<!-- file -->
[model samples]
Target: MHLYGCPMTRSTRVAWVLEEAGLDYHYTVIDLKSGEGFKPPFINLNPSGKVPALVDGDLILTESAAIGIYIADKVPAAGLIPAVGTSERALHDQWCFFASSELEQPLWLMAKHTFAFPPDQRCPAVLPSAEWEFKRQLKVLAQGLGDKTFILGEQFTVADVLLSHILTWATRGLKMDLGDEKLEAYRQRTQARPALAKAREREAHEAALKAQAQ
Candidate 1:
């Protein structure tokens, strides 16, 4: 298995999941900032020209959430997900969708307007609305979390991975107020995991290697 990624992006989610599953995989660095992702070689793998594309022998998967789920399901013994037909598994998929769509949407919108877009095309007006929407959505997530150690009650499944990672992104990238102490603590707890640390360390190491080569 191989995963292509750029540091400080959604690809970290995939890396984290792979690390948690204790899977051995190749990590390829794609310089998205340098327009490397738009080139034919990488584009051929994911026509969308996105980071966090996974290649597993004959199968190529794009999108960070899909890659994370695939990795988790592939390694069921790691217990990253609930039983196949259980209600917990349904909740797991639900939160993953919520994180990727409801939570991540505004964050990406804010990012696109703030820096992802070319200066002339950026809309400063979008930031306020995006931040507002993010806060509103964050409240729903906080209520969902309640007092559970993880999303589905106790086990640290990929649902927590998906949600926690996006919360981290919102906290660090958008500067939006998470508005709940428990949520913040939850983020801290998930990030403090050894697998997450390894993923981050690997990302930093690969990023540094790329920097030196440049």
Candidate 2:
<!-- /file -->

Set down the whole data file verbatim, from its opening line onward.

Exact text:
[model samples]
Target: MHLYGCPMTRSTRVAWVLEEAGLDYHYTVIDLKSGEGFKPPFINLNPSGKVPALVDGDLILTESAAIGIYIADKVPAAGLIPAVGTSERALHDQWCFFASSELEQPLWLMAKHTFAFPPDQRCPAVLPSAEWEFKRQLKVLAQGLGDKTFILGEQFTVADVLLSHILTWATRGLKMDLGDEKLEAYRQRTQARPALAKAREREAHEAALKAQAQ
Candidate 1:
């Protein structure tokens, strides 16, 4: 298995999941900032020209959430997900969708307007609305979390991975107020995991290697 990624992006989610599953995989660095992702070689793998594309022998998967789920399901013994037909598994998929769509949407919108877009095309007006929407959505997530150690009650499944990672992104990238102490603590707890640390360390190491080569 191989995963292509750029540091400080959604690809970290995939890396984290792979690390948690204790899977051995190749990590390829794609310089998205340098327009490397738009080139034919990488584009051929994911026509969308996105980071966090996974290649597993004959199968190529794009999108960070899909890659994370695939990795988790592939390694069921790691217990990253609930039983196949259980209600917990349904909740797991639900939160993953919520994180990727409801939570991540505004964050990406804010990012696109703030820096992802070319200066002339950026809309400063979008930031306020995006931040507002993010806060509103964050409240729903906080209520969902309640007092559970993880999303589905106790086990640290990929649902927590998906949600926690996006919360981290919102906290660090958008500067939006998470508005709940428990949520913040939850983020801290998930990030403090050894697998997450390894993923981050690997990302930093690969990023540094790329920097030196440049």
Candidate 2: